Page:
Silicon Valley Was Ready for GHG Rule

Over the past decade, many of Silicon Valley's computer chip makers have voluntarily reduced their emissions of a dangerous group of greenhouse gases that are 6,500 to 23,900 times more potent than carbon dioxide.

So when the California Environmental Agency's Air Resources Board adopted groundbreaking regulations yesterday to curb the same potent gases, it wasn't a big shock to the industry. All but 16 of the 85 plants affected were already in compliance.

Still, the Semiconductor Industry Association and some Republicans in the Legislature balked. SIA spokesman John Greenagel said:

"This would make California's regulations the most stringent in the world.

"There hasn't been a new semiconductor facility built in California in at least 15 years, and by having regulations that are out of step with the rest of the world, we're pretty much ensuring there won't be any facilities built in California."

The new regulation from the Air Resources Board will restrict emissions of fluorinated gases starting in 2012. It is one of the first steps in an ambitious state climate plan passed in 2006 to cut California's greenhouse gas emissions to 1990 levels by 2020.

The board estimates the new restrictions will reduce emissions by the equivalent of 180,000 tons of carbon dioxide a year in a state that produces almost 420 million tons of CO2 annually.

The cost to the industry, according to board estimates, will be about $22 million in initial capital expenses, plus recurring annual costs of $850,000 for 10 years. Board Chair Mary Nichols said the rules were developed "in concert with the industries that use them." She calls them "cost-efficient ways of fighting climate change that will promote the use of less damaging alternatives."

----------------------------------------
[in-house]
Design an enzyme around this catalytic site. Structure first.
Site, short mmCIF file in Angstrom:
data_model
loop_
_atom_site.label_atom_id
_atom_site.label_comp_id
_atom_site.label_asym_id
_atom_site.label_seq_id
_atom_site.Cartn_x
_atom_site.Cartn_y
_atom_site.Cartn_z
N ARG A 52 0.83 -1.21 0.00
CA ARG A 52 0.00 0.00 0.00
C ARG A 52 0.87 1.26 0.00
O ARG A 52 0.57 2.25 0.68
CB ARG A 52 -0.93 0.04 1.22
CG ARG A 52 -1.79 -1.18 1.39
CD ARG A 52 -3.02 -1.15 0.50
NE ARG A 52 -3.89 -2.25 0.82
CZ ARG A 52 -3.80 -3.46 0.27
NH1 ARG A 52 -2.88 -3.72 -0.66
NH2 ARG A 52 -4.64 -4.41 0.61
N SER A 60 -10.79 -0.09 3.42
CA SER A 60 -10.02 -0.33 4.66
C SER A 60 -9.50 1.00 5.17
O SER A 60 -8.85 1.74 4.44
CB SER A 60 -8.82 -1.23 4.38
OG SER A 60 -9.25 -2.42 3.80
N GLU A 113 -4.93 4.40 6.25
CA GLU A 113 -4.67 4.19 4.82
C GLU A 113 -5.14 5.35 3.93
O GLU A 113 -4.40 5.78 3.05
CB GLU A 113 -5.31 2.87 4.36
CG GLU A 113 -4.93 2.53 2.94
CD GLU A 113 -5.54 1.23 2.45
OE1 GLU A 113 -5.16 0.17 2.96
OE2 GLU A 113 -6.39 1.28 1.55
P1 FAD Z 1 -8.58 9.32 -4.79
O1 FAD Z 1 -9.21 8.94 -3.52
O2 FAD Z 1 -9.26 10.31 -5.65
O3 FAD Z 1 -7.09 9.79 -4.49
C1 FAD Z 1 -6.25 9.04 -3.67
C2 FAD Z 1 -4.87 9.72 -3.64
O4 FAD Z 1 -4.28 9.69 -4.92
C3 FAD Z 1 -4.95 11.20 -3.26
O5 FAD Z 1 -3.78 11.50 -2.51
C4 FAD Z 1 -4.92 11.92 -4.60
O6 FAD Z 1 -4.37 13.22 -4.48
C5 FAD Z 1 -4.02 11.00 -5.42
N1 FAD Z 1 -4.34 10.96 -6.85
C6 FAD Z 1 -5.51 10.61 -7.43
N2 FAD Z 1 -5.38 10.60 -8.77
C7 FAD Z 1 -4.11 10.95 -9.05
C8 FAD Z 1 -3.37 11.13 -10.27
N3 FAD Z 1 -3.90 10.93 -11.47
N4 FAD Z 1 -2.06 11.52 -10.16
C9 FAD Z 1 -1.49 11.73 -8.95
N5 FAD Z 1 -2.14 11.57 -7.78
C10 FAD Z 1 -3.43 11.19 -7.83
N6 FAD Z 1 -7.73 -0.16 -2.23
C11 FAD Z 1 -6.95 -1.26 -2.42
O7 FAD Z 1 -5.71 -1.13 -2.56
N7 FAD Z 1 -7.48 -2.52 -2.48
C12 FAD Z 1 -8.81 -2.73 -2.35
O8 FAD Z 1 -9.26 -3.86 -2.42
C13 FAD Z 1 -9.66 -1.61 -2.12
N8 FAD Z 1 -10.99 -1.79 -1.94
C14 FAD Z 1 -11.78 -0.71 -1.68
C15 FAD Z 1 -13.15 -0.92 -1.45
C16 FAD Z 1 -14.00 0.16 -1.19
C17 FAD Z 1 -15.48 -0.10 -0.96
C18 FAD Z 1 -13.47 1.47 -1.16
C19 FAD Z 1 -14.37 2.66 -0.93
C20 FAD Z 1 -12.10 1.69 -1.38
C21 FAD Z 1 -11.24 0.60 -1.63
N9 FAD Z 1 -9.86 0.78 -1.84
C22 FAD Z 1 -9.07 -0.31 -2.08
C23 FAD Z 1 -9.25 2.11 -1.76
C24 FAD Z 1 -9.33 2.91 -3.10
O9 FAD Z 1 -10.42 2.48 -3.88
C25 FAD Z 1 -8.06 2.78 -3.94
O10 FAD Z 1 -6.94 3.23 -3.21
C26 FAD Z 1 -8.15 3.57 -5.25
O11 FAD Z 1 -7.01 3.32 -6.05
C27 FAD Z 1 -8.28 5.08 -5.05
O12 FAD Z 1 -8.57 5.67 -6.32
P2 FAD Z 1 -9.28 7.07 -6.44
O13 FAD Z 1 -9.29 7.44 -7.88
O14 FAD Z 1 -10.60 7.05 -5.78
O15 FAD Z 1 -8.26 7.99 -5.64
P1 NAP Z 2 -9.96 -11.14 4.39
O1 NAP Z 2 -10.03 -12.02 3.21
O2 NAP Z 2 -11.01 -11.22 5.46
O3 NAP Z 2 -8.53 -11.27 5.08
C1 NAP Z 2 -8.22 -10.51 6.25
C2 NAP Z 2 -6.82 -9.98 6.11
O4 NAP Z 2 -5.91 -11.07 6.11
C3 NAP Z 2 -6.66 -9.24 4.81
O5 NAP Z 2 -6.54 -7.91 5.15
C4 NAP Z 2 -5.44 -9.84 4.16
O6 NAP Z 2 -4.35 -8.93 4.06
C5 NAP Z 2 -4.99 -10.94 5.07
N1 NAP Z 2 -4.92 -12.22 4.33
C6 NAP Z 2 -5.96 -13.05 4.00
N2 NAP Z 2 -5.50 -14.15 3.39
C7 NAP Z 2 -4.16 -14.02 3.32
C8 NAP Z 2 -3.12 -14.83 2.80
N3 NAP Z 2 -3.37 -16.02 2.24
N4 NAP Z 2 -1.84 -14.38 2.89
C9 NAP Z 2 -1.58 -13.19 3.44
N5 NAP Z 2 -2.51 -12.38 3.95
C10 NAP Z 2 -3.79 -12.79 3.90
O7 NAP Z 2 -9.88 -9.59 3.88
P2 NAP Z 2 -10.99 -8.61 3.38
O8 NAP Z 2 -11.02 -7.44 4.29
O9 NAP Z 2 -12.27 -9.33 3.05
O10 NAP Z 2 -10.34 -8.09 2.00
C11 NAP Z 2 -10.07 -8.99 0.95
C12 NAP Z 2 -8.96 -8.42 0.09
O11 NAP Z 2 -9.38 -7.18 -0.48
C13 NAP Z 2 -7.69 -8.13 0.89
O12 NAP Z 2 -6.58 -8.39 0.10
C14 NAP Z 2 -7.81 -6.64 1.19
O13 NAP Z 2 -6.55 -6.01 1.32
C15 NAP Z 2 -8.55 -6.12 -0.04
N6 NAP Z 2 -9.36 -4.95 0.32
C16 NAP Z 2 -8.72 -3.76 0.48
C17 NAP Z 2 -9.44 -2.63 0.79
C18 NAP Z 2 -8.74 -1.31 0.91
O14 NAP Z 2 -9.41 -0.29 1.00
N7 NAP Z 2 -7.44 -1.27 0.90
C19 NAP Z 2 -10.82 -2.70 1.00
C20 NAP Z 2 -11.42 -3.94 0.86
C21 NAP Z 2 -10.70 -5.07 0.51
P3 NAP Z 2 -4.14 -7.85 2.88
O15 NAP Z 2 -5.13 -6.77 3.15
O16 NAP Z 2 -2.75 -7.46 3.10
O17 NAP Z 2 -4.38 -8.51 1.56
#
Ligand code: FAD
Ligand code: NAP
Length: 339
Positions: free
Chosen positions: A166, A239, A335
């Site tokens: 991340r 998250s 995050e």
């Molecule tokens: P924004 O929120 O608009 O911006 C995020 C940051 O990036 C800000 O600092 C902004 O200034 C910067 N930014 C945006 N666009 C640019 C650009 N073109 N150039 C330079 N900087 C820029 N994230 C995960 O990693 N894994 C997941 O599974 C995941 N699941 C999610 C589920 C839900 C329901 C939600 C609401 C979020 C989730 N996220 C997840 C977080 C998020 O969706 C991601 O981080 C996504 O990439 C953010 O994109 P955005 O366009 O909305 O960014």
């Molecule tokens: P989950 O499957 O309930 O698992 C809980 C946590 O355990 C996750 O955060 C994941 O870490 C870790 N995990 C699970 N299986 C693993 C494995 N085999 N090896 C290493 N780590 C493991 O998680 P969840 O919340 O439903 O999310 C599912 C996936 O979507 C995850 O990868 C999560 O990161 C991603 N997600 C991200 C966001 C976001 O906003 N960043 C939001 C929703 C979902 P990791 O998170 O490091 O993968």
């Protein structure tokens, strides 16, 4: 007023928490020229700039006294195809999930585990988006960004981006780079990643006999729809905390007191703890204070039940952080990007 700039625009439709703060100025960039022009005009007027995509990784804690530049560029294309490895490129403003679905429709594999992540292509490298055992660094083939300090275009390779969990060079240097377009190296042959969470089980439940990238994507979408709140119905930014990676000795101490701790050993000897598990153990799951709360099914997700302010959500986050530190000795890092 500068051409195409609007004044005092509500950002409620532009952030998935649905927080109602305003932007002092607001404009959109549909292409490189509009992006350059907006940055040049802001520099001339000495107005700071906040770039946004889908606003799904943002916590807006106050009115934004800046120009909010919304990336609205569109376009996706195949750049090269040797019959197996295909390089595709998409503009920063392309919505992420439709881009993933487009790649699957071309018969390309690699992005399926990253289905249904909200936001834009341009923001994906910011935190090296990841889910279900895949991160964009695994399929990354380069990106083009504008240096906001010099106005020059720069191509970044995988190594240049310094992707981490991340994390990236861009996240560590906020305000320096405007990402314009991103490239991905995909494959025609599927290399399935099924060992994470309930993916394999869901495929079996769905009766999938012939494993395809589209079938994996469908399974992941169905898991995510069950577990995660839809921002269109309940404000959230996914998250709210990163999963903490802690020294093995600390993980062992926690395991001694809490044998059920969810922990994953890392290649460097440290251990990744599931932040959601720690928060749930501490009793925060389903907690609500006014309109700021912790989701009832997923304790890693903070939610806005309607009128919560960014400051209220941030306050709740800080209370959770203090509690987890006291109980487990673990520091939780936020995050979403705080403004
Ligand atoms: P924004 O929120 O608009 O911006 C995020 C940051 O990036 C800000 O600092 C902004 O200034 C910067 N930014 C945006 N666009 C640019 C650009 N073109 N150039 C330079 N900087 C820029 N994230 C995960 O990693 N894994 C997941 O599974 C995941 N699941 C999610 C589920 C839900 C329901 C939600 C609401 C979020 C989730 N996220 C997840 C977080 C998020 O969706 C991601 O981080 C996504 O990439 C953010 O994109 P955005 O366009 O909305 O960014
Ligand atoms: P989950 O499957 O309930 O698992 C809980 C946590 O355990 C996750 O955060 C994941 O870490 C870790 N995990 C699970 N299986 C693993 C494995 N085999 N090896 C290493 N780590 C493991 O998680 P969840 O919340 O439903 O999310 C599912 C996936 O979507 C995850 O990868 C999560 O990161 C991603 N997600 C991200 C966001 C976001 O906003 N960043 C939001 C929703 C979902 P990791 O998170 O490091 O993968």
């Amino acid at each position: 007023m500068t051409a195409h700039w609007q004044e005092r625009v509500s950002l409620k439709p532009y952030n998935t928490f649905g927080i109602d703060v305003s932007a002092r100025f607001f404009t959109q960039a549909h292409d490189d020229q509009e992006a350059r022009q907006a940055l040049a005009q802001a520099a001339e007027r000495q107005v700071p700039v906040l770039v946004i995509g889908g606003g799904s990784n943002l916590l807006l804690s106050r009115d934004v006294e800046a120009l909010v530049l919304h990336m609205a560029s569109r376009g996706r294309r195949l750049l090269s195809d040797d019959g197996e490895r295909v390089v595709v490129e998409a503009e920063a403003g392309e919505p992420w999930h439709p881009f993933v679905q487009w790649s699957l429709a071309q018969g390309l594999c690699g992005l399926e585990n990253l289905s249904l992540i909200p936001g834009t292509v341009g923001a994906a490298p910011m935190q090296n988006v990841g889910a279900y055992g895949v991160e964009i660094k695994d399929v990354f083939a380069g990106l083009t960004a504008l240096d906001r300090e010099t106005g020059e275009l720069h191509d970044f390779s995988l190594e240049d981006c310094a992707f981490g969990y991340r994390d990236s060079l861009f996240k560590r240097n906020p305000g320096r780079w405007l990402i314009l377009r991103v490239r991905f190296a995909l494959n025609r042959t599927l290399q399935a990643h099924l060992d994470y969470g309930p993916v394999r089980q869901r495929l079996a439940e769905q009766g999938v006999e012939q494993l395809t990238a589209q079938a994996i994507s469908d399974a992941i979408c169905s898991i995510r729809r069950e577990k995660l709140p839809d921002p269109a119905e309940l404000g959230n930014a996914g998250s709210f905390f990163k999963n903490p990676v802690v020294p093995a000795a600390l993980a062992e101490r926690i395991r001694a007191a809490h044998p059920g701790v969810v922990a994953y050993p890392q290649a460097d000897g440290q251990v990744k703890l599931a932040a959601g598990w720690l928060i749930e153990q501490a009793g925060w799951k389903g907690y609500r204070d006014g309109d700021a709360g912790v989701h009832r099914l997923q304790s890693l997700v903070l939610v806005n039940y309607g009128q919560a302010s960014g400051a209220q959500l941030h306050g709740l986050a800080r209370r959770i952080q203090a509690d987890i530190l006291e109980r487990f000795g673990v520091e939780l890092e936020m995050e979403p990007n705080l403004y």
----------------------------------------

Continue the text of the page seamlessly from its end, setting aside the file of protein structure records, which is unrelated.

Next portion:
Still, the SIA and state Republicans say that's too financially onerous.

NEC Electronics spokesman Gus Ballis told the board that the new rule would have a severe financial impact on his company's California operations. "We're potentially on the chopping block, whether they are going to keep us or pull our production back to Japan," he said.

Republican State Sen. Bob Dutton took a step yesterday to try to stop the board. He proposed legislation to postpone regulations related to the state's greenhouse gas reduction targets until the California economy recovers. The San Francisco Chronicle notes that Dutton's bill has "less of a chance than a polar bear on melting ice" – Gov. Arnold Schwarzenegger would never agree to a delay, a Schwarzenegger spokeswoman says.

The reason so many of California's semiconductor plants already meet the new state standard – 57 of the 85 semiconductor plants in California emit such a small amount of the gases that they will only be required to report on their emissions – is that, since 1996, they have voluntarily participated in agreements with the U.S. Environmental Protection Agency to reduce their emissions. In 1999, the World Semiconductor Council's member associations adopted a similar voluntary agreement.

Although SIA's Greenagel says the costs are too high, he doesn't believe existing plants will relocate.

"You can't pick up a huge facility and move it to another state. What you can do is decide that when that plant reaches its useful life, when it comes time to replace it, rather than keep it in operation, you shut it down and lay off the workers."

Air Resources Board spokesman Stanley Young says the board knows it is setting the standard for the rest of the nation:

"How about I quote something Barack Obama said on December 18th last year:

"'It is very important to look at the history when it comes to the regulation of emissions in California. Consistently, California has hit the bar and then the rest of the country has followed.'"

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